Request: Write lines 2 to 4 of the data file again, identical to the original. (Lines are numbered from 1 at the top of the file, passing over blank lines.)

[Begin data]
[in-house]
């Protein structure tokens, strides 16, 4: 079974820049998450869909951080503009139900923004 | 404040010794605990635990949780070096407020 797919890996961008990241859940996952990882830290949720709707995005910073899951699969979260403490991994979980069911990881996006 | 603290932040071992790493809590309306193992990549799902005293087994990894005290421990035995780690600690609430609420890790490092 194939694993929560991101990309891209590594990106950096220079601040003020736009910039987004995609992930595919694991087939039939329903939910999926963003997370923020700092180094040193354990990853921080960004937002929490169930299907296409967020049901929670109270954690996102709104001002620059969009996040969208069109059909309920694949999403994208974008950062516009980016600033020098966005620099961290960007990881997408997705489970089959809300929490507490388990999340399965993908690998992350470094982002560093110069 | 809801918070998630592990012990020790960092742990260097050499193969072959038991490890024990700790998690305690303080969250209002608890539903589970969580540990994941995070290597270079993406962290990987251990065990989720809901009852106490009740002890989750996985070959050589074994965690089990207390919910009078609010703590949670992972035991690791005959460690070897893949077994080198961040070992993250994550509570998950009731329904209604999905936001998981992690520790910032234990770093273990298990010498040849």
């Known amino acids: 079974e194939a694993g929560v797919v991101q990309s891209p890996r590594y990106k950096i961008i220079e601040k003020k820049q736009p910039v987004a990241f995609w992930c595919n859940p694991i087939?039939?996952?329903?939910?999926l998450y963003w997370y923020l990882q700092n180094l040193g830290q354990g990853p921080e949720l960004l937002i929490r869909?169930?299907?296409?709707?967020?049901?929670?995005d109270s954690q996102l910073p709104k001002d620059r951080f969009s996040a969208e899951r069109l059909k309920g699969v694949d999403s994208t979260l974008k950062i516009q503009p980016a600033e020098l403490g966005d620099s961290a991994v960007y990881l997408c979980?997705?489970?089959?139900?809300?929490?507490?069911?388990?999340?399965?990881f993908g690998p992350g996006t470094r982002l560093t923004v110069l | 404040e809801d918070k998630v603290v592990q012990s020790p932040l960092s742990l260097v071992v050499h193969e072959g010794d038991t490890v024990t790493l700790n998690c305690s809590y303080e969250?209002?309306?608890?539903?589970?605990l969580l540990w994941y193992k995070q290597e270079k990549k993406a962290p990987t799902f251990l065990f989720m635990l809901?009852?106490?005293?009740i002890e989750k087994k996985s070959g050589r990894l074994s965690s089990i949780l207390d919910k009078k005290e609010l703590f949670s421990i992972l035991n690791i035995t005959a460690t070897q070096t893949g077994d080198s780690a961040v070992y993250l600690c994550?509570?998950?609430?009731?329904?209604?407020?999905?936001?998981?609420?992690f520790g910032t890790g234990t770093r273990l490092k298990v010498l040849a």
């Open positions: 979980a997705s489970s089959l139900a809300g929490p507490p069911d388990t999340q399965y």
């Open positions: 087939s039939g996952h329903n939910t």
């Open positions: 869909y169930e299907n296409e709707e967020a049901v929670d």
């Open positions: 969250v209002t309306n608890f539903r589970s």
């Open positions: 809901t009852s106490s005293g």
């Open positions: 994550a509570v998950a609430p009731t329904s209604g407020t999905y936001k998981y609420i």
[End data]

């Protein structure tokens, strides 16, 4: 079974820049998450869909951080503009139900923004 | 404040010794605990635990949780070096407020 797919890996961008990241859940996952990882830290949720709707995005910073899951699969979260403490991994979980069911990881996006 | 603290932040071992790493809590309306193992990549799902005293087994990894005290421990035995780690600690609430609420890790490092 194939694993929560991101990309891209590594990106950096220079601040003020736009910039987004995609992930595919694991087939039939329903939910999926963003997370923020700092180094040193354990990853921080960004937002929490169930299907296409967020049901929670109270954690996102709104001002620059969009996040969208069109059909309920694949999403994208974008950062516009980016600033020098966005620099961290960007990881997408997705489970089959809300929490507490388990999340399965993908690998992350470094982002560093110069 | 809801918070998630592990012990020790960092742990260097050499193969072959038991490890024990700790998690305690303080969250209002608890539903589970969580540990994941995070290597270079993406962290990987251990065990989720809901009852106490009740002890989750996985070959050589074994965690089990207390919910009078609010703590949670992972035991690791005959460690070897893949077994080198961040070992993250994550509570998950009731329904209604999905936001998981992690520790910032234990770093273990298990010498040849």
């Known amino acids: 079974e194939a694993g929560v797919v991101q990309s891209p890996r590594y990106k950096i961008i220079e601040k003020k820049q736009p910039v987004a990241f995609w992930c595919n859940p694991i087939?039939?996952?329903?939910?999926l998450y963003w997370y923020l990882q700092n180094l040193g830290q354990g990853p921080e949720l960004l937002i929490r869909?169930?299907?296409?709707?967020?049901?929670?995005d109270s954690q996102l910073p709104k001002d620059r951080f969009s996040a969208e899951r069109l059909k309920g699969v694949d999403s994208t979260l974008k950062i516009q503009p980016a600033e020098l403490g966005d620099s961290a991994v960007y990881l997408c979980?997705?489970?089959?139900?809300?929490?507490?069911?388990?999340?399965?990881f993908g690998p992350g996006t470094r982002l560093t923004v110069l | 404040e809801d918070k998630v603290v592990q012990s020790p932040l960092s742990l260097v071992v050499h193969e072959g010794d038991t490890v024990t790493l700790n998690c305690s809590y303080e969250?209002?309306?608890?539903?589970?605990l969580l540990w994941y193992k995070q290597e270079k990549k993406a962290p990987t799902f251990l065990f989720m635990l809901?009852?106490?005293?009740i002890e989750k087994k996985s070959g050589r990894l074994s965690s089990i949780l207390d919910k009078k005290e609010l703590f949670s421990i992972l035991n690791i035995t005959a460690t070897q070096t893949g077994d080198s780690a961040v070992y993250l600690c994550?509570?998950?609430?009731?329904?209604?407020?999905?936001?998981?609420?992690f520790g910032t890790g234990t770093r273990l490092k298990v010498l040849a």
């Open positions: 979980a997705s489970s089959l139900a809300g929490p507490p069911d388990t999340q399965y």